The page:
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Francis Howell cuts staff, looks toward bond issue

Francis-Howell-School-District-LogoThe Francis Howell School District has slashed about 66 academic and support staff positions and warned that more may be coming.

“There will be some significant reductions in personnel for the fiscal year 2016 budget,” district Chief Financial Officer Kevin F. Supple said after the board of education voted 7-0 to enact nearly $42 million in personnel cuts.

He also said that planning, including development of voter educational materials and community meetings planning, had begun in conjunction with a proposal to place an increase in the operating tax levy on the August 4 election ballot. The last increase in the district’s levy was authorized by voters in 2004, Supple said.

The district should in May make a final decision on the tax increase proposition, Superintendent Pam Sloan said, and will next month launch a resident attitude survey on the subject. The survey work, which Sloan said would include a telephone survey of approximately 400 residents, is being conducted by Patron Insight Inc. of Stilwell, Kansas, Supple said.

“They’ll present a report to the board,” Sloan said.

Supple declined to say how much of a tax increase the district is considering. The district currently levies a combined operating and debt service property tax rate of about $5.19 per $100 of assessed valuation. After at least eight consecutive years of budget surpluses, the district is now facing a projected deficit of at least $22 million next year, he added.

In the meantime, the board voted to enact, with only minor changes and with no discussion, a staffing reduction plan proposed last month by G. Steven Griggs, the district’s chief human resources officer. Because the plan incorporates reductions by various full-time and part-time employment equivalents representing filled and unfilled positions, the number of employees actually affected by the reductions is unclear. Griggs said he thinks that about 39 academic and 27 support staff positions should be affected, but actual layoffs should be minimal.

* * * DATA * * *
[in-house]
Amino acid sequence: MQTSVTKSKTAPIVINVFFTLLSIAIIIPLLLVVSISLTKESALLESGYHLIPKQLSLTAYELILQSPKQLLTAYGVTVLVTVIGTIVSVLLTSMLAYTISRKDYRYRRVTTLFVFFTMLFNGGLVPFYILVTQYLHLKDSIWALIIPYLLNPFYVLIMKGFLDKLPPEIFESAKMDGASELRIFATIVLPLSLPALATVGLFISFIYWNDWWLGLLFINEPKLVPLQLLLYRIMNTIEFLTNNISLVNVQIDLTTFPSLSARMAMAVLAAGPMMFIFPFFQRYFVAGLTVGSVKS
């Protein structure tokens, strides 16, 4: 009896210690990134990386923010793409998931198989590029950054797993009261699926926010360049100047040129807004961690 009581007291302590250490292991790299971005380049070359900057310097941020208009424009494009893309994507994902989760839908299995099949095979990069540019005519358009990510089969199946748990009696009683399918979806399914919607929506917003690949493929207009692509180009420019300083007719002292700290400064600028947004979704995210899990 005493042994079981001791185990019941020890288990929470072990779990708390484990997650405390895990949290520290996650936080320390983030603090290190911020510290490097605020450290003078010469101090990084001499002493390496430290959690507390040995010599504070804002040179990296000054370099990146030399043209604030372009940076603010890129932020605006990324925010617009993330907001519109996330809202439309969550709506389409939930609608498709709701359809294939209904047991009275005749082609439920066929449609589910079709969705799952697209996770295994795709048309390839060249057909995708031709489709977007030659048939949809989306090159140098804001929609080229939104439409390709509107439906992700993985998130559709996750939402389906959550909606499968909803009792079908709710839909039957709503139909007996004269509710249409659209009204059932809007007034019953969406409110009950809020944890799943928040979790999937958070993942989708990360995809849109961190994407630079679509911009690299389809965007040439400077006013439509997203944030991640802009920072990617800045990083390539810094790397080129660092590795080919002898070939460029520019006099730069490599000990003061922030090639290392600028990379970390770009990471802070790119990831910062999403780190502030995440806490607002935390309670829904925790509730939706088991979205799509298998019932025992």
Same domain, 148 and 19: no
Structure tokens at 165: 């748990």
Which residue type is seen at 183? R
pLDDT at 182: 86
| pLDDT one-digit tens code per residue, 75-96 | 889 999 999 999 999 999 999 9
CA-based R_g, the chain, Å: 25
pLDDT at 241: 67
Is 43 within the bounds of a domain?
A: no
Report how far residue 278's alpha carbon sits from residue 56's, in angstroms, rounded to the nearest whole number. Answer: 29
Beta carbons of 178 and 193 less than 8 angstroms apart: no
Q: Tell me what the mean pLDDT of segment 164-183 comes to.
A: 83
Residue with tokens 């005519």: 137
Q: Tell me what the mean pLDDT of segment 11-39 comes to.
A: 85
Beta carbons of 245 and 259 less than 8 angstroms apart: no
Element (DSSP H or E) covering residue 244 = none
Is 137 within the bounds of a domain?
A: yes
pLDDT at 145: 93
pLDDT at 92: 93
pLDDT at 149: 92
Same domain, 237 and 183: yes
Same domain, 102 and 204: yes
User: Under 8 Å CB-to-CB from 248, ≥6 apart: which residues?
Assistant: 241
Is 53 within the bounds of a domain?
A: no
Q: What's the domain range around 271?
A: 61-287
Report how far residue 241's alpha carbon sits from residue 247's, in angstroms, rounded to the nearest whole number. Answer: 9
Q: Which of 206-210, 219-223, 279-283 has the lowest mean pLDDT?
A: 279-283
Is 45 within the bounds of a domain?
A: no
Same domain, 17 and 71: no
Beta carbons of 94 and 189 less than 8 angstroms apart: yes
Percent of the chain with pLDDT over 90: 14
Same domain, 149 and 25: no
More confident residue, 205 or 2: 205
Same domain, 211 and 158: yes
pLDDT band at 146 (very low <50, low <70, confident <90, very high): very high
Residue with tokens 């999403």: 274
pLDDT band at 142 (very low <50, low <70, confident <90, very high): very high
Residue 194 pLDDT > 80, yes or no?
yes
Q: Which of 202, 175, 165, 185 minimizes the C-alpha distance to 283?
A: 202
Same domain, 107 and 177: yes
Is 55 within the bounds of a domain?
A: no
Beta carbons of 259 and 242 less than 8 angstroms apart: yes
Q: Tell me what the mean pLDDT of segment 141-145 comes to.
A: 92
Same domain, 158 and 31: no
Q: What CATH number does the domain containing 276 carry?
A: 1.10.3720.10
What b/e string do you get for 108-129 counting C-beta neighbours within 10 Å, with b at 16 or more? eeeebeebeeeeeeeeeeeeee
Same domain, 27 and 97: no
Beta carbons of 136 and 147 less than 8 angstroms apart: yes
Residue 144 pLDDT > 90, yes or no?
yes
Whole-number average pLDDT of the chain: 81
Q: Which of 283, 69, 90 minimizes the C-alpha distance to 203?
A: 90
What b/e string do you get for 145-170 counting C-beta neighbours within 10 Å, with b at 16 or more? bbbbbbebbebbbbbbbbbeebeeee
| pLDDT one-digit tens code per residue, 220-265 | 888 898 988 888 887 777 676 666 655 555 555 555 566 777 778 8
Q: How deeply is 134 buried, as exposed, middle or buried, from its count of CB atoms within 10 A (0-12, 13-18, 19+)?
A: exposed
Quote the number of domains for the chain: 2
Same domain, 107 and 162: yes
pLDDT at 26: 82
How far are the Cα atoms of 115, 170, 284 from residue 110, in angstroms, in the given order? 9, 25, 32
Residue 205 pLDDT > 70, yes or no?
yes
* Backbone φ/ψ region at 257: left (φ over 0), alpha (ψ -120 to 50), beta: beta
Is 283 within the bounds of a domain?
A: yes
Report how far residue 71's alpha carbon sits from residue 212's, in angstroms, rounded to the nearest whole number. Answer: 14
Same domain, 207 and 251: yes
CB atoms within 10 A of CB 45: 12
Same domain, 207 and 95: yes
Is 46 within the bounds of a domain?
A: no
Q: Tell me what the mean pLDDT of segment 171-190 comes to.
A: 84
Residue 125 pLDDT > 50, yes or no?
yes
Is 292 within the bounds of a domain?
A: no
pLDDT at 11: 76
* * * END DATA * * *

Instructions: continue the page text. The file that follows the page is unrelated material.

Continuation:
“The vast majority will be taken care of by attrition,” Griggs told the board during its Dec. 18 meeting. He also said that, even with the personnel reductions, average class size would remain below recommended maximums.

Griggs amended his December staffing reductions proposal by specifying that some targeted paraprofessionals would be given the opportunity to move into other jobs and by minimizing plan impact in art, music and physical education.

Board President Eric Seider said after the Jan. 22 vote that the district has relatively few employees − about 2,350 − for a district of its size and composition.

“We are reducing our staff and still needing to get the same amount of work done,” Sloan added.

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